Test venue: Sicily
Nissan Europe chose the Sicilian village of Taormina and a scenic mountaineous course through the Parco die Nebrodi and the Etna National Park for the Pan-European launch of its new Patrol 4x4 model, which goes on sale in the UK at the end of October 2004.
The company has revised its sales target for the full 4x4 range from 16,000 in 2003 to 24,500 units at the end of 2005, as a result of the introduction of the new Patrol and, potentially, because of the new Pathfinder and Murano models, which will follow in 2005.
The Nissan Patrol was first introduced in 1951, after an agreement between the Japanese Government and the American company Jeep for a model to be built under licence. It has been a stalwart of the Nissan all-terrain range ever since and has been used by the United Nations and numerous international governments in many of the most remote and dangerous areas of the world.
The new Patrol will be available in the UK and Western Europe with the single option of a 3.0-litre, six-cylinder direct diesel engine, although a 4.8-litre, six-cylinder petrol option will be offered to the potentially lucrative Russian and Turkish markets, in addition to the Middle East.
The new ZD powerplant we tested on a varied Sicilian course, which included a visit to Piano Provenzana (the site of the most recent Etna volcanic eruption in October 2002), produces 160 bhp and a massive 380 NM of torque (a 7.6% increase) at 2000 rpm. Both these figures are useful improvements on the outgoing model, although the new car did feel sluggish in lower gears in normal driving conditions and overtaking was not always straightforward on short stretches of open road.
Nissan claims that the new Patrol will reach the standard 100 km/h limit in between 14.8 and 15.2 seconds and press on to a maximum speed of around 100 mph. The latter figure is largely irrelevant and the Patrol is quite at home cruising at the legal speed limit and on dual-carriageways and major transport links.
New Patrol is available in a choice of three five-door models, with the S version ready to set you back in the region of £24,500. That figure rises to £29,000 for the seven-seater SVE option and £31,000 for the SVE auto. Nissan claims that 80% of sales will be made up of the SVE model, with the Mitsubishi Shogun and Toyota Land Cruiser seen as the main rivals.
The list of standard accessories is impressive, with the standard S model benefitting from twin air bags, ABS, air conditioning, a CD player, a new switchable stabiliser system, rear differential lock and selectable 4WD with the usual dual ratio transmission. Extras on the SVE include 17-inch alloy wheels, side airbags, climate control, a third row of seats and a DVD satellite navigation system.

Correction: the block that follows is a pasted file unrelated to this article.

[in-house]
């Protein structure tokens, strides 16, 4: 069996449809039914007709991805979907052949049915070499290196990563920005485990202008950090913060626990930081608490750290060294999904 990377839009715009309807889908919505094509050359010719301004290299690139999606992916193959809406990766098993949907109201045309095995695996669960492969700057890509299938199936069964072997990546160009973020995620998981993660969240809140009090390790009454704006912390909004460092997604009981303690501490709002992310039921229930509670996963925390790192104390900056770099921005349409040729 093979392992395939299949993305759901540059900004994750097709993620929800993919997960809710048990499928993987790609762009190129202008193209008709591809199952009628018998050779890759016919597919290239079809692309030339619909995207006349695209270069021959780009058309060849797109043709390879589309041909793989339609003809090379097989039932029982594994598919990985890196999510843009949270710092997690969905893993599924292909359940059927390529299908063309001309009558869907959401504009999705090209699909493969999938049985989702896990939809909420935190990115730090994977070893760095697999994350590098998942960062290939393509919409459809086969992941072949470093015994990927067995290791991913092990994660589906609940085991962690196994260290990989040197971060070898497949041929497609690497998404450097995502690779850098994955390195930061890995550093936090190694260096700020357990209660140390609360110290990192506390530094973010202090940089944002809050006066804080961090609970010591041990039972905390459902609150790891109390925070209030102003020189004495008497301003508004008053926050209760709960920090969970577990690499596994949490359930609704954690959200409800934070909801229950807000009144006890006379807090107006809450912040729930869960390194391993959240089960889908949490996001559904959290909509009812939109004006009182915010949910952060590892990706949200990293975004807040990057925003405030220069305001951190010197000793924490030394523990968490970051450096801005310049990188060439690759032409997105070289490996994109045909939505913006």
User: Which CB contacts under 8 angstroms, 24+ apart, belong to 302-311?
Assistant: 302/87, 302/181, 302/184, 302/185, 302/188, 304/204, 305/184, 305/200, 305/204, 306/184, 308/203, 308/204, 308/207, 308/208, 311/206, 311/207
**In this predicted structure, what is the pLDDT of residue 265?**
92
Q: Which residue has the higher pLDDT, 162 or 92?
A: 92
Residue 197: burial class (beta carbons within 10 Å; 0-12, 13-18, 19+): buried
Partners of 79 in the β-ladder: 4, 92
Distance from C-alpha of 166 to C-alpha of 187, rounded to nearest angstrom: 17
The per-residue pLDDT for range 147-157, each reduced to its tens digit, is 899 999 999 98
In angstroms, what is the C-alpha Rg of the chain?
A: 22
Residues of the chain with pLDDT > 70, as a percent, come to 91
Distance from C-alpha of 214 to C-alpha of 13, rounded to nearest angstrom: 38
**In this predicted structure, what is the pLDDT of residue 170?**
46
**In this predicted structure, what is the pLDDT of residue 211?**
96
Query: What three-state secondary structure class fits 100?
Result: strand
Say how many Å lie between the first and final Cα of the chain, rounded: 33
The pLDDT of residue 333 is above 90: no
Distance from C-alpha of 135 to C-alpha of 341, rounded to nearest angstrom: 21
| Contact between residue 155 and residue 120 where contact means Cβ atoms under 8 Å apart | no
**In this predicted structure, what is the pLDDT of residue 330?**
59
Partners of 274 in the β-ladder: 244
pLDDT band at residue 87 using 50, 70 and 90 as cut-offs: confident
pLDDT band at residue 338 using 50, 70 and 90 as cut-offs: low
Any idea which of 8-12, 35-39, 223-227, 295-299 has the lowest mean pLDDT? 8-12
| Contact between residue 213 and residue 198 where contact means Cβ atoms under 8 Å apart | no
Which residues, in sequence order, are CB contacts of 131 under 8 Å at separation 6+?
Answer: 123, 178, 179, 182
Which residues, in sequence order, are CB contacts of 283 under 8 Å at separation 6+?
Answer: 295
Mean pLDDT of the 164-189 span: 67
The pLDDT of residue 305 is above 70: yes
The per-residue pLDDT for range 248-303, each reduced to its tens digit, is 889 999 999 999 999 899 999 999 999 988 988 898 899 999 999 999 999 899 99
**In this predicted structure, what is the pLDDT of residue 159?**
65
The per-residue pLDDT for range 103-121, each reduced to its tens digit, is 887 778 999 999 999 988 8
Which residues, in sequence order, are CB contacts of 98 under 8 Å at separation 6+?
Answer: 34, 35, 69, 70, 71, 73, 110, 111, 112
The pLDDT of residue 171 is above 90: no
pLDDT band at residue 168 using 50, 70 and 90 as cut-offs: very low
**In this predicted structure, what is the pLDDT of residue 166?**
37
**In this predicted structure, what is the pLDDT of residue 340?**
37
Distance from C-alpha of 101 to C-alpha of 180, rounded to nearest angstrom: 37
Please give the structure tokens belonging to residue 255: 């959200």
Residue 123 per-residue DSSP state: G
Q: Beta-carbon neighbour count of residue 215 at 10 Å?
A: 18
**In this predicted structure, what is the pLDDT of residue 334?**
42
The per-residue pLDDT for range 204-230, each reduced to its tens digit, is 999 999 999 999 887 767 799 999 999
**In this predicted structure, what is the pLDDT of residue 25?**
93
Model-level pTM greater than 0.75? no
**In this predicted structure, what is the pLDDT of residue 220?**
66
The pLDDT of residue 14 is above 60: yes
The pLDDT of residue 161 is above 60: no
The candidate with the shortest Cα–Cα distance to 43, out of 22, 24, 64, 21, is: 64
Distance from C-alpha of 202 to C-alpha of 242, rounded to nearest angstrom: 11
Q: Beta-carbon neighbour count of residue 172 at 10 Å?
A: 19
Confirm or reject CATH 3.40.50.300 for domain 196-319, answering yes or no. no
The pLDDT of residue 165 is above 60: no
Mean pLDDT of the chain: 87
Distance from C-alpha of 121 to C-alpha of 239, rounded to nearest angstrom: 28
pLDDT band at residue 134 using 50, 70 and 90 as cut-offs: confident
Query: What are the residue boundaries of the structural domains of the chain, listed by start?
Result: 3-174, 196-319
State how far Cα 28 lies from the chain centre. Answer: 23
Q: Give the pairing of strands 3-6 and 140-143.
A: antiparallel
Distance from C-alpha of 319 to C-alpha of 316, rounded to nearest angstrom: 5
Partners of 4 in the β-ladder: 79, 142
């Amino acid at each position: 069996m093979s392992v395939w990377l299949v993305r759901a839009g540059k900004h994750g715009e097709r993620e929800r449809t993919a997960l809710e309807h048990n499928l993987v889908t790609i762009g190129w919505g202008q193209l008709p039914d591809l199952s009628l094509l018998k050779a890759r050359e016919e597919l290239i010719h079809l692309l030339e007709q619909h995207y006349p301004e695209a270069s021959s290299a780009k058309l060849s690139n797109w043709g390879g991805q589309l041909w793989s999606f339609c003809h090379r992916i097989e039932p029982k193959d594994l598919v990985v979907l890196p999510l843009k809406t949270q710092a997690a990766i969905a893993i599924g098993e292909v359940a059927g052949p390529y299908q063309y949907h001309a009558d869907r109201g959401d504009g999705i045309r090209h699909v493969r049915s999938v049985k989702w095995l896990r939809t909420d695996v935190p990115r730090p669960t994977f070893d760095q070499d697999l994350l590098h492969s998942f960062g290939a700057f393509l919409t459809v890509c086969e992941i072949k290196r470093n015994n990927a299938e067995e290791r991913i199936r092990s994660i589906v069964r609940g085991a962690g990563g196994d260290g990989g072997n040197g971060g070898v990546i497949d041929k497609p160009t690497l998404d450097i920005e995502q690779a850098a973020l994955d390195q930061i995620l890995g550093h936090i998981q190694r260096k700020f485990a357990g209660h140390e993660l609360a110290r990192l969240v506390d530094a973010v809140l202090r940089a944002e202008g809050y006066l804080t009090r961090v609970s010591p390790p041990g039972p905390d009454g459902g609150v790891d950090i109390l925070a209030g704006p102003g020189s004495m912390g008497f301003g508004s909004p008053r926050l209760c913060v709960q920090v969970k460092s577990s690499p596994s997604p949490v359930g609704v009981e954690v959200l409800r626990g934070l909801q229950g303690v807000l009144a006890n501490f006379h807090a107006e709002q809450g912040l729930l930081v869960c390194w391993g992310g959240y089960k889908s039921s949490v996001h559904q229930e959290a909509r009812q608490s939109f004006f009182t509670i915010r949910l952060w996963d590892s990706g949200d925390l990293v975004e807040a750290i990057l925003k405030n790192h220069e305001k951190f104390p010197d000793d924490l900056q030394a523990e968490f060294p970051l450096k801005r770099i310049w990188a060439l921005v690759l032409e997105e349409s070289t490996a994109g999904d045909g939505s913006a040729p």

All too few Patrols ever find themselves in an off-road environment, but Nissan is proud of its competition track record and the company has applied its competitive tradition into the new road-going version. Over an enjoyable off-road course in the foothills of Mount Etna, the Patrol worked effortlessly over a wide range of rocky and undulating terrain, where it was necessary to use both the 4H and 4L options on several occasions.
On several stretches of sinuous mountain roads the bulky Patrol behaved impeccably and cornered like a conventional road car, offering stable in-corner manners and a comfortable ride over all but the bumpiest of recent lava flows! There was limited cockpit noise from the new diesel engine and the ride was refined for a 4x4 vehicle of its ilk. Precise steering improved confidence in tighter situations, although the brakes on the manual test model we drove appeared spongier than those in the impressive automatic version and failed to install confidence.
The new Patrol has an excellent 3.5-tonne towing capacity with the manual transmission option, while Nissan management claim that around 80% of sales will be to the retail sector and only 20% filtering through to the fleet market. The four-speed automatic transmission is practical, functional and responsive, although the five-speed manual version should be favoured by the off-road enthusiast with its precise and slick gearchange and easy-to-use four-wheel drive facility.
In addition to the power and handling improvements, Nissan have further developed the car's interior with revised seating, the option of top grade leather trim and additional leg and luggage space available with the five-seat version. Wood and chrome trim has been used to brighten up the interior and the dashboard has been changed. The exterior benefits from a new bonnet, grille and headlight layout, revised bumpers, wings and new-style alloy wheels.
There is no doubting the revisions have made the new Patrol a far more desireable product in a cut-throat sector of the all-terrain market. With the Pathfinder due to debut at the Paris Motor Show in September 2004 and the Murano likely to follow soon afterwards in a bid to take hold of a share of the BMW X5 and RX3000 market, it is easy to see why Nissan Europe's management are confident that they can reach those ambitious 2005 sales targets for the entire 4x4 model range.
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